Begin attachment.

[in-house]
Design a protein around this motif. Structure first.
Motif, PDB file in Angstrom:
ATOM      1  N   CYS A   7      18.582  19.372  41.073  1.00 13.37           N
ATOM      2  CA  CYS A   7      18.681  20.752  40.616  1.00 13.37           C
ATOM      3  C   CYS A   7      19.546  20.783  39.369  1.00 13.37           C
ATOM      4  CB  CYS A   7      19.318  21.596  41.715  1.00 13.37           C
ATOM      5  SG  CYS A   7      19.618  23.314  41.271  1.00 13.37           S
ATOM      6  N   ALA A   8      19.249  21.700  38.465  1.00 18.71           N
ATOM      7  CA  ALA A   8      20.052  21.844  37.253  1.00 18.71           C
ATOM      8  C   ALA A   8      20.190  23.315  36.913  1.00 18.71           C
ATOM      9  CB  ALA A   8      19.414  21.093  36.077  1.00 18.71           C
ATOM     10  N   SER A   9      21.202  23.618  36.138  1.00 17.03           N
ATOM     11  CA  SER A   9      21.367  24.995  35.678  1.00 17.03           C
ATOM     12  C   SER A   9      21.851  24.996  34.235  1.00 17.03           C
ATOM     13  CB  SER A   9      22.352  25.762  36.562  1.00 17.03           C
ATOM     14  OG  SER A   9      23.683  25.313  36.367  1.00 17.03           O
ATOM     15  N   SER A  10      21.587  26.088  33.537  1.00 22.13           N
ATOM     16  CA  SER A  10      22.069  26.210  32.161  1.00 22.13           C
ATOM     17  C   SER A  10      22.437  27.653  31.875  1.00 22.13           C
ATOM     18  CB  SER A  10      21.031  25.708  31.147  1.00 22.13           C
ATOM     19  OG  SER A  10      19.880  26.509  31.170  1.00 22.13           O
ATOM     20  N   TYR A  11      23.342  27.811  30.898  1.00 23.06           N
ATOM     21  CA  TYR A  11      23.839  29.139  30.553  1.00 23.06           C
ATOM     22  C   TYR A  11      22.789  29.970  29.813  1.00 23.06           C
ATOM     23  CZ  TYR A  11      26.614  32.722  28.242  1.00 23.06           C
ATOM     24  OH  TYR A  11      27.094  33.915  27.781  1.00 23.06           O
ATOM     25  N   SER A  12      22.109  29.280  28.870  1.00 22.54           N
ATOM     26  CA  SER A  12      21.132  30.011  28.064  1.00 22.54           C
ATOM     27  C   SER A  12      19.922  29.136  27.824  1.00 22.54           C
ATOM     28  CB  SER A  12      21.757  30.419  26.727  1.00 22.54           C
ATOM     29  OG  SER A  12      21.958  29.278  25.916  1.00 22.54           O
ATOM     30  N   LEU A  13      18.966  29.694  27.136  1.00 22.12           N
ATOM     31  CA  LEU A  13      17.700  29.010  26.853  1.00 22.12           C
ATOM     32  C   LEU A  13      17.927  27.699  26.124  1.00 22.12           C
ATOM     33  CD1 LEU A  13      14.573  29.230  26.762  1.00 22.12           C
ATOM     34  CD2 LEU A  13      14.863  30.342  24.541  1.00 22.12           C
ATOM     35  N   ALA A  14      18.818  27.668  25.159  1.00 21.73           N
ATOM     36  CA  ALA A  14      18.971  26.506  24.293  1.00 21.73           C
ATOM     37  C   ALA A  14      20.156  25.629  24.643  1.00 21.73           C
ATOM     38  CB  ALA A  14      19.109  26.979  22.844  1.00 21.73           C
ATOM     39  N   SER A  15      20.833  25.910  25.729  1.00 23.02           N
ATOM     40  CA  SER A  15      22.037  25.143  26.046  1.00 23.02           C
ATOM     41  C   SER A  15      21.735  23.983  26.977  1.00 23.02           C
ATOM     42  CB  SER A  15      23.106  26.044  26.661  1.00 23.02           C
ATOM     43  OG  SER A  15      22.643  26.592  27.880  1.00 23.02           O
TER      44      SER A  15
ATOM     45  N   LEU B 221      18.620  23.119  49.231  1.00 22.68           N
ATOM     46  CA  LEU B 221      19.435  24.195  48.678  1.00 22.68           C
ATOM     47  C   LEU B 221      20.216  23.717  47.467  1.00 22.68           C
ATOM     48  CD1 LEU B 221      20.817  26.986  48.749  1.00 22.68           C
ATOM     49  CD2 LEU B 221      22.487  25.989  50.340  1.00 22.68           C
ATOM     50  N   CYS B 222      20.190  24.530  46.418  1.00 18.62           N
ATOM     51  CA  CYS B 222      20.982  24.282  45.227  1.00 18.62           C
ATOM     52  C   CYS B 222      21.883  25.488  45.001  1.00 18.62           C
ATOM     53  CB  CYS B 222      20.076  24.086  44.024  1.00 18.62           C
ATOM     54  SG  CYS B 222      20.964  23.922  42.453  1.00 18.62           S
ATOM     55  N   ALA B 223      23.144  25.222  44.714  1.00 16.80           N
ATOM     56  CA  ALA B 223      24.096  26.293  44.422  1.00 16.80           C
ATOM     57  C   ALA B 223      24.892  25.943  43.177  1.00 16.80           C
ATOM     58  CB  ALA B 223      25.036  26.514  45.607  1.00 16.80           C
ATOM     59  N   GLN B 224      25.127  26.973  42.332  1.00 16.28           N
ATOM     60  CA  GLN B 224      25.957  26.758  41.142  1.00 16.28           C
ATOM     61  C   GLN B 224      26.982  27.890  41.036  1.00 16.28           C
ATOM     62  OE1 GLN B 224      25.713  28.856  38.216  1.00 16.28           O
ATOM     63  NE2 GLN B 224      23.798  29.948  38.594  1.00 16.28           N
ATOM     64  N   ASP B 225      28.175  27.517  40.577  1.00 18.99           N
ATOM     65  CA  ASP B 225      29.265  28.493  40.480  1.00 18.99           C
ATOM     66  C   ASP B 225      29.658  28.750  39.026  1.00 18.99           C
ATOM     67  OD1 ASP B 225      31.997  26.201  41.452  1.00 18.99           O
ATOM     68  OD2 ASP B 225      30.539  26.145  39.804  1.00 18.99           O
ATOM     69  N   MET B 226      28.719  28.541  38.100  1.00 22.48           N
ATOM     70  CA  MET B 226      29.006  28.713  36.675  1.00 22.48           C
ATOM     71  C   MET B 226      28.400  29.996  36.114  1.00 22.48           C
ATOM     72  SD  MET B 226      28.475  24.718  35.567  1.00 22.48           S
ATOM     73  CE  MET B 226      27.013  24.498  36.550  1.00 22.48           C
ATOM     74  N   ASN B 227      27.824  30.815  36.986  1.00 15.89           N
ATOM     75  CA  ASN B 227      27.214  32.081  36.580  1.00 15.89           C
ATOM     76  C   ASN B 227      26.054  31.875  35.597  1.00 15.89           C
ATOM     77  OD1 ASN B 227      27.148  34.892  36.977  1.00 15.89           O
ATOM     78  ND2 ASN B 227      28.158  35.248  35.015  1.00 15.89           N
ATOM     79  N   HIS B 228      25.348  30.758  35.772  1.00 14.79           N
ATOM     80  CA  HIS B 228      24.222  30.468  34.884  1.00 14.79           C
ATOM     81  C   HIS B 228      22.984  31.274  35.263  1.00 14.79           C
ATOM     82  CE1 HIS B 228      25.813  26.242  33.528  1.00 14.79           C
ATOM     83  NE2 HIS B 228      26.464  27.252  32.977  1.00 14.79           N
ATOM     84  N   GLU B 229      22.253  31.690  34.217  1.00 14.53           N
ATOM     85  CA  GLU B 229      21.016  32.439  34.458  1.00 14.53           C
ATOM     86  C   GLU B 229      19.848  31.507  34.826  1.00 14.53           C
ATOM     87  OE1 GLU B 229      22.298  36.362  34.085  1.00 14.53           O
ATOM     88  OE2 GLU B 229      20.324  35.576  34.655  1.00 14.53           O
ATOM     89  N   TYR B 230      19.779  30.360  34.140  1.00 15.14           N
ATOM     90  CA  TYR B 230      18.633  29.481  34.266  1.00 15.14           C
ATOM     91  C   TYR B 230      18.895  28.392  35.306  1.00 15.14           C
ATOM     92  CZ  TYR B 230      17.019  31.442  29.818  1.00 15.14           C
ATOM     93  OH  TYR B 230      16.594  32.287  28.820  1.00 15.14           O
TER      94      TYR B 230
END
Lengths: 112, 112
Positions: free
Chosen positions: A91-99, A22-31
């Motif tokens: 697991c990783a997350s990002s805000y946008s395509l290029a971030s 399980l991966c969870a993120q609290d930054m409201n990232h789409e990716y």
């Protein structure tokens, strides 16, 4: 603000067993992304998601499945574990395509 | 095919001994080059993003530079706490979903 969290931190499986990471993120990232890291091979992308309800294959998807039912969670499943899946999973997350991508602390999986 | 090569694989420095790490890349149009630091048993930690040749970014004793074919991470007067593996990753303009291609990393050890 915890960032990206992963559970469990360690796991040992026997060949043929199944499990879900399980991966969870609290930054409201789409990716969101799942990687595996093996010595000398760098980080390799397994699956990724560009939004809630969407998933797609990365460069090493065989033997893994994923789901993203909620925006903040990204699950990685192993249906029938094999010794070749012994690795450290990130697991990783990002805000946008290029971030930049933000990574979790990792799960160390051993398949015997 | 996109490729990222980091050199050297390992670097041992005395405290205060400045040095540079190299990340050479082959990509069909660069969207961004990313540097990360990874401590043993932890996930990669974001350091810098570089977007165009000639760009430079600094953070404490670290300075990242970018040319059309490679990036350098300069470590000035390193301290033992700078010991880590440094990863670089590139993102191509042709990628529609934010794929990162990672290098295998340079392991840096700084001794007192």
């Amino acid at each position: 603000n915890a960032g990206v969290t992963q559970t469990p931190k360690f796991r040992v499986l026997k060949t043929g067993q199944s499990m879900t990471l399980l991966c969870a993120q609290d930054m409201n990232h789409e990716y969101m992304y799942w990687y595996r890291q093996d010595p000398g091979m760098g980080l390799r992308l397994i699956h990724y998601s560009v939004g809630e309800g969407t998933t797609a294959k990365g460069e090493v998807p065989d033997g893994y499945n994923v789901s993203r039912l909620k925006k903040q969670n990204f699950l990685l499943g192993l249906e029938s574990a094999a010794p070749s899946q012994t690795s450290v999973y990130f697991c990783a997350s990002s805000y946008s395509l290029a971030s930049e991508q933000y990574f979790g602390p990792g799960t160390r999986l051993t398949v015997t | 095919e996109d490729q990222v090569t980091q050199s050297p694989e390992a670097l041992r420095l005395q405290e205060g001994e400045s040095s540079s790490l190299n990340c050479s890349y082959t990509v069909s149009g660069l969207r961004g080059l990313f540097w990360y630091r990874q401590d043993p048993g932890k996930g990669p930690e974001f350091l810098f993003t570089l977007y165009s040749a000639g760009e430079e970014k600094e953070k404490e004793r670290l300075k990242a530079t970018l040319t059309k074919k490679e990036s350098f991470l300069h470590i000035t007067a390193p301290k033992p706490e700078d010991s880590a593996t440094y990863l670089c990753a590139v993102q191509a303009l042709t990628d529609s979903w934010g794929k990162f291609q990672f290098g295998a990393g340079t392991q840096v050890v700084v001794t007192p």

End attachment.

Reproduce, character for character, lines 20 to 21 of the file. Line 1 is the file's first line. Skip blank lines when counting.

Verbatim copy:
ATOM     17  C   SER A  10      22.437  27.653  31.875  1.00 22.13           C
ATOM     18  CB  SER A  10      21.031  25.708  31.147  1.00 22.13           C